Australian technology news, reviews, and guides to help you
Australian technology news, reviews, and guides to help you

Aussies build water batteries designed to be safer

A battery built to be safer in storage and recycling has been developed in Australia, and it’s a curious concept, to say the least.

Batteries are clearly important to technology — they give us power! — but they come with a downside or two. Ignoring the frustration of never having enough power and turning to a portable power bank, they can also be bad for the environment and volatile, to boot.

Simply put, the lithium ion batteries so much of our technology relies on catches fire and can explode, with over 1000 fires caused from lithium-ion batteries in Australia in the past year.

That’s a serious amount of damage from the power technology we all rely on, with lithium-ion waste also a potential problem, thanks in part to a minimal capacity for processing the batteries, according to the CSIRO.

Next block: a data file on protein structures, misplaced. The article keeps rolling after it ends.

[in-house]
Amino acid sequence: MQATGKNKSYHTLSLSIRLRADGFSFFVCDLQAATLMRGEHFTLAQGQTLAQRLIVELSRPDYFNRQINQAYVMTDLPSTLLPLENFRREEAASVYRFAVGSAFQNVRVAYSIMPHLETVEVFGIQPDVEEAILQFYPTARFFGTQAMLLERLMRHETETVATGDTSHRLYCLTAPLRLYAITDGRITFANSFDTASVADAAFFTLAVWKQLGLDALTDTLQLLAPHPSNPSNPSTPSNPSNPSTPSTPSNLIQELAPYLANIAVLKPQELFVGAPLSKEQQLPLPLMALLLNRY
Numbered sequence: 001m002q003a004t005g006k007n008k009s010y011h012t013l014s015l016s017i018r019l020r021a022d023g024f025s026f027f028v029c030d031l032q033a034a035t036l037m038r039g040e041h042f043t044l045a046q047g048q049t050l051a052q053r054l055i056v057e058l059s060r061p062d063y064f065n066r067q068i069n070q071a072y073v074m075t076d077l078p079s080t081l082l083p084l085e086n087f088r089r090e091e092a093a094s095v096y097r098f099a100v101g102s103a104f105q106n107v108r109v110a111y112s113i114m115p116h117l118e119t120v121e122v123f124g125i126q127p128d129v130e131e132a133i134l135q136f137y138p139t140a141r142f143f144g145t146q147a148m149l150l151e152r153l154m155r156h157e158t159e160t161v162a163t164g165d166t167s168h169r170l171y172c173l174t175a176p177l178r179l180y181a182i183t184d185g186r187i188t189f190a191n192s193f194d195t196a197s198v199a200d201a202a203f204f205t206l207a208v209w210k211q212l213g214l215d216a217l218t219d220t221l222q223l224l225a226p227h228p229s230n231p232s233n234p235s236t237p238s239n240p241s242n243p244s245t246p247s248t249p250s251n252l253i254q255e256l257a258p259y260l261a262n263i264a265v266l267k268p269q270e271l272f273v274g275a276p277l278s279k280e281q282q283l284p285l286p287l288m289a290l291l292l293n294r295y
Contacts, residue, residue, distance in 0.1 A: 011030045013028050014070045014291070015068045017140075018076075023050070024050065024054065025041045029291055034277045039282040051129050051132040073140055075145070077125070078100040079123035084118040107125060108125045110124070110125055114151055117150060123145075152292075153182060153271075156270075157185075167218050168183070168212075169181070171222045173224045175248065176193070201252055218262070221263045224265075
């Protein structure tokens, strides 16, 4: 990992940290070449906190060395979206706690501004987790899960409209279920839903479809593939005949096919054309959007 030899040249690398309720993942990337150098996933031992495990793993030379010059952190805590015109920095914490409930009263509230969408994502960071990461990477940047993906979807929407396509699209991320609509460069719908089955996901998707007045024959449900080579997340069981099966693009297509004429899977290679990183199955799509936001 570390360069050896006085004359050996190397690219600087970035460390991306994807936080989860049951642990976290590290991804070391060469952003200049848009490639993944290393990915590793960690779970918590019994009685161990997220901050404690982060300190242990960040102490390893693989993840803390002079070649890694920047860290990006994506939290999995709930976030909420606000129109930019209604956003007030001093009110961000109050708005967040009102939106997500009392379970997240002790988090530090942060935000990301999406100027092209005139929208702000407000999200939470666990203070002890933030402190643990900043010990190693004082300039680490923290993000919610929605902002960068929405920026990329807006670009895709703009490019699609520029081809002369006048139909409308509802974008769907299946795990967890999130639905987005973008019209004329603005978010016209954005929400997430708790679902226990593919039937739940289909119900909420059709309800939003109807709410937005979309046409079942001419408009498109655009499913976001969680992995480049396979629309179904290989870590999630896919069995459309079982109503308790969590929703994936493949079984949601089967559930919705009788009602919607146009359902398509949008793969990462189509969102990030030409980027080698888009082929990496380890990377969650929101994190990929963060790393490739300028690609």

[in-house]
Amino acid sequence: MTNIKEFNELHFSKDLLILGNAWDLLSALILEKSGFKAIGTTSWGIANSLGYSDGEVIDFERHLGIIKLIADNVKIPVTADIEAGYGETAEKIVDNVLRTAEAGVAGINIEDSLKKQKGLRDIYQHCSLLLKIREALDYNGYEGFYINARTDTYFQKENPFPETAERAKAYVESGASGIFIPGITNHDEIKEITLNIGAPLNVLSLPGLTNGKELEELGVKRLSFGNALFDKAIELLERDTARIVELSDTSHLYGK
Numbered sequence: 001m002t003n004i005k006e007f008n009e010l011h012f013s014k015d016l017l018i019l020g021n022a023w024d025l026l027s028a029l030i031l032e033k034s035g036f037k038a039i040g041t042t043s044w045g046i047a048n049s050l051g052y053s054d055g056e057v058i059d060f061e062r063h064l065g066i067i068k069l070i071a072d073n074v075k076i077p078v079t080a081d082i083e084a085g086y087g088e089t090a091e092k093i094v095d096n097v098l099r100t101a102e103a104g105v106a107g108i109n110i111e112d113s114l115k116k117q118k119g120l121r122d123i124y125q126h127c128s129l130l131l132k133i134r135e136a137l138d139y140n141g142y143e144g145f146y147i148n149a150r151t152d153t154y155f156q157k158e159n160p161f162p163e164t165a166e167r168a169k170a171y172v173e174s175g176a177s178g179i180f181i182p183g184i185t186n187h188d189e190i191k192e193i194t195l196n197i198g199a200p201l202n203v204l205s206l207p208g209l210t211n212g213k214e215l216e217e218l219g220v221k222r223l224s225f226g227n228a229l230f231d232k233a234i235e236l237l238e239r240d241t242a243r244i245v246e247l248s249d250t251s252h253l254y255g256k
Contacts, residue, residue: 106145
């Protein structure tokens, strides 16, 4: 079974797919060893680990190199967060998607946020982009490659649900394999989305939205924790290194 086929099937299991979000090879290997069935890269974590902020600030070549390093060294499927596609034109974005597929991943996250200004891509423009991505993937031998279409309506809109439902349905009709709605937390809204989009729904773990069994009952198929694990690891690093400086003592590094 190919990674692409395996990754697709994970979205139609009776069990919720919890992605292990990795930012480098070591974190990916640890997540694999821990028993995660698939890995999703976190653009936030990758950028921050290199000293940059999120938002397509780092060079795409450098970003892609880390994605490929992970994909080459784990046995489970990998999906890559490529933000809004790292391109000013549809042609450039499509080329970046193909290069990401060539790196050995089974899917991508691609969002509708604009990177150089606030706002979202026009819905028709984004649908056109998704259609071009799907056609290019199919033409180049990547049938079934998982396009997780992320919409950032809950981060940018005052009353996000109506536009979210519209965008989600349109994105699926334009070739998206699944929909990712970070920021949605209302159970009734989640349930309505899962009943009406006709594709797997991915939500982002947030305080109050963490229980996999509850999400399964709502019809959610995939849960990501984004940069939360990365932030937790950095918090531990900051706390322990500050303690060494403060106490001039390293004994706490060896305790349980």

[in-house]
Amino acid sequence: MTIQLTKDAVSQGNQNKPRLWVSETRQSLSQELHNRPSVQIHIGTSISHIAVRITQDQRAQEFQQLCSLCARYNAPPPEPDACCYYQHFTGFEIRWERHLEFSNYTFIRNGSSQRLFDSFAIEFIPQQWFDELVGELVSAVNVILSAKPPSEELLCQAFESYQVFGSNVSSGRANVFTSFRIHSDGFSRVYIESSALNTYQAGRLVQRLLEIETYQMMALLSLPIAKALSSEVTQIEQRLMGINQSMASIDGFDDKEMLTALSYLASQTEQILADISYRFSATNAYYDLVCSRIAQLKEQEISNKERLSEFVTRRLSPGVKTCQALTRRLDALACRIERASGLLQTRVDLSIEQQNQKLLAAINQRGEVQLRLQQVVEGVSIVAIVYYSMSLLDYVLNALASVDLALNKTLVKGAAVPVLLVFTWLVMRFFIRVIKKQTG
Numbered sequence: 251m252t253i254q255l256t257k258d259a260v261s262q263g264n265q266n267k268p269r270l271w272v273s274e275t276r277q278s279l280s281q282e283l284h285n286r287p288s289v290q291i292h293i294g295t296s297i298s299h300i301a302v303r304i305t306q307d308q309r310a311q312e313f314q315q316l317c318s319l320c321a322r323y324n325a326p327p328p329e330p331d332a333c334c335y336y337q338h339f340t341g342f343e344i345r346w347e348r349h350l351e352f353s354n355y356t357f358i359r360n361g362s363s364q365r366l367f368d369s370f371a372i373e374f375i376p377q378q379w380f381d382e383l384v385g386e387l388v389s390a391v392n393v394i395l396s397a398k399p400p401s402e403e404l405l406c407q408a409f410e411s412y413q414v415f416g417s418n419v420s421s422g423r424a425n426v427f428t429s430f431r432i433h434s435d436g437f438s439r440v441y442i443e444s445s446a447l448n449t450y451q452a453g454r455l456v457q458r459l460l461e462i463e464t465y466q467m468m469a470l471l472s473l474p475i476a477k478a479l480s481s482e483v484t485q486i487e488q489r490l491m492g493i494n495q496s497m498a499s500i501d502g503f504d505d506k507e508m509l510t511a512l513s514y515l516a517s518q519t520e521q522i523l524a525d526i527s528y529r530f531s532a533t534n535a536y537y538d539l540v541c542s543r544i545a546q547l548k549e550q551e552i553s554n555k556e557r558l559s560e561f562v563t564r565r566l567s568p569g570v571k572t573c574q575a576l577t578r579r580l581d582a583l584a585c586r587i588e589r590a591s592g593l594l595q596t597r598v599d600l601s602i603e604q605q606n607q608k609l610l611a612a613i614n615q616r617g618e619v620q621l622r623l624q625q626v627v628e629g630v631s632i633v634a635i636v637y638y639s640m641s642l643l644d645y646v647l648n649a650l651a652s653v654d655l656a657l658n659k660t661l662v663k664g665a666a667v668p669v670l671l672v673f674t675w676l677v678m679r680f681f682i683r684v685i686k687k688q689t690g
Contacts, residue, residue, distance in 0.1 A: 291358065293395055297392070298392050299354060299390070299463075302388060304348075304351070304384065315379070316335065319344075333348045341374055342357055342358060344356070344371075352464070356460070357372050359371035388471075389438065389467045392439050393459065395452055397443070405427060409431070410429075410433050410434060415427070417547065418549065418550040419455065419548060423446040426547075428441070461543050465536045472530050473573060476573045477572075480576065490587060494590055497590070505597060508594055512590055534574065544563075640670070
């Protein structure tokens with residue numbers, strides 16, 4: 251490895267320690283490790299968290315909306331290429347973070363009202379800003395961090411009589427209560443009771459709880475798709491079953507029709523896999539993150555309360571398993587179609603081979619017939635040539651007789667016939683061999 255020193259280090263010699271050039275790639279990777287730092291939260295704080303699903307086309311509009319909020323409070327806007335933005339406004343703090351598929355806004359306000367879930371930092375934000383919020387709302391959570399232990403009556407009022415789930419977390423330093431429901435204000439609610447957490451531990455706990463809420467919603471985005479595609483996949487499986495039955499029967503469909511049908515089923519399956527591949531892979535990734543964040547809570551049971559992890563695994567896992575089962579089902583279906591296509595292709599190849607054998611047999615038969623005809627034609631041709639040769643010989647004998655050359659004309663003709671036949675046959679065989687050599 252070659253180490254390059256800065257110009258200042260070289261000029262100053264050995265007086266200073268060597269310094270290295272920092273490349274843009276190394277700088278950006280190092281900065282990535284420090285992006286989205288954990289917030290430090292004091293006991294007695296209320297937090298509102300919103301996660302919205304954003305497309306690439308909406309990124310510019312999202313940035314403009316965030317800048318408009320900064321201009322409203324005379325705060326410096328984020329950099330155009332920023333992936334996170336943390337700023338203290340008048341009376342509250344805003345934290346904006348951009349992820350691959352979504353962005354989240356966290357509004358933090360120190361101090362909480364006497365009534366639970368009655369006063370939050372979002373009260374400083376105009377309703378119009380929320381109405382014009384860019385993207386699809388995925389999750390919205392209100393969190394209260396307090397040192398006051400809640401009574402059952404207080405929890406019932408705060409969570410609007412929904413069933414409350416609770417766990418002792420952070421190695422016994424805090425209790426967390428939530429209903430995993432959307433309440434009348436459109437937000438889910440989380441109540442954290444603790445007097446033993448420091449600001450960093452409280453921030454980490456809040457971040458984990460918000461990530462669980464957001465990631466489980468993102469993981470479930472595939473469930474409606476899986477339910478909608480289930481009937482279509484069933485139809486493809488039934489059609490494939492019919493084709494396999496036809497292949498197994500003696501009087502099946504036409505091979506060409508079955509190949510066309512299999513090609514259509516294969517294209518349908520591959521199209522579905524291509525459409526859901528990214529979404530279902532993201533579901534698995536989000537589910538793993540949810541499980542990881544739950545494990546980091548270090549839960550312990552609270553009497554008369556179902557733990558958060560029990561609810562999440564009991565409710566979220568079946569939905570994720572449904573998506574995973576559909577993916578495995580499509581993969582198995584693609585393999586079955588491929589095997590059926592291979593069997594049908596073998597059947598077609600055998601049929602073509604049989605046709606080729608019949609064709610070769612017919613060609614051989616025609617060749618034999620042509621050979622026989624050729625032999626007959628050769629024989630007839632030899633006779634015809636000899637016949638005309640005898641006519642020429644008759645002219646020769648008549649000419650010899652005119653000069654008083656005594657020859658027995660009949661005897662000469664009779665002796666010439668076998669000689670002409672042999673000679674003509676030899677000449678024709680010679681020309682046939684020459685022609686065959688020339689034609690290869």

Interestingly, there could be some change on the horizon, thanks to an Australian development.

Credit: Carelle Mulawa-Richards, RMIT University

The news comes courtesy of RMIT in Melbourne, where a team of researchers has come up with a more environmentally friendly form of battery that won’t catch fire or explode.

The concept takes the humble battery, and makes it run on water, using a combination of water, magnesium, and zinc to create an aqueous battery that can be used with technology.

“What we design and manufacture are called aqueous metal-ion batteries – or we can call them water batteries,” said Distinguished Professor Tianyi Ma, lead researcher on the project.

“Addressing end-of-life disposal challenges that consumers, industry and governments globally face with current energy storage technology, our batteries can be safely disassembled and the materials can be reused or recycled,” he said.

“We use materials such as magnesium and zinc that are abundant in nature, inexpensive and less toxic than alternatives used in other kinds of batteries, which helps to lower manufacturing costs and reduces risks to human health and the environment.”

At the moment, the water-based battery is small and wouldn’t be useful for phones and other gadgets reliant on lithium-ion batteries. However, the researchers suggestion that these new magnesium-ion water batteries have the potential to replace lithium-ion sometime in the next decade or so.

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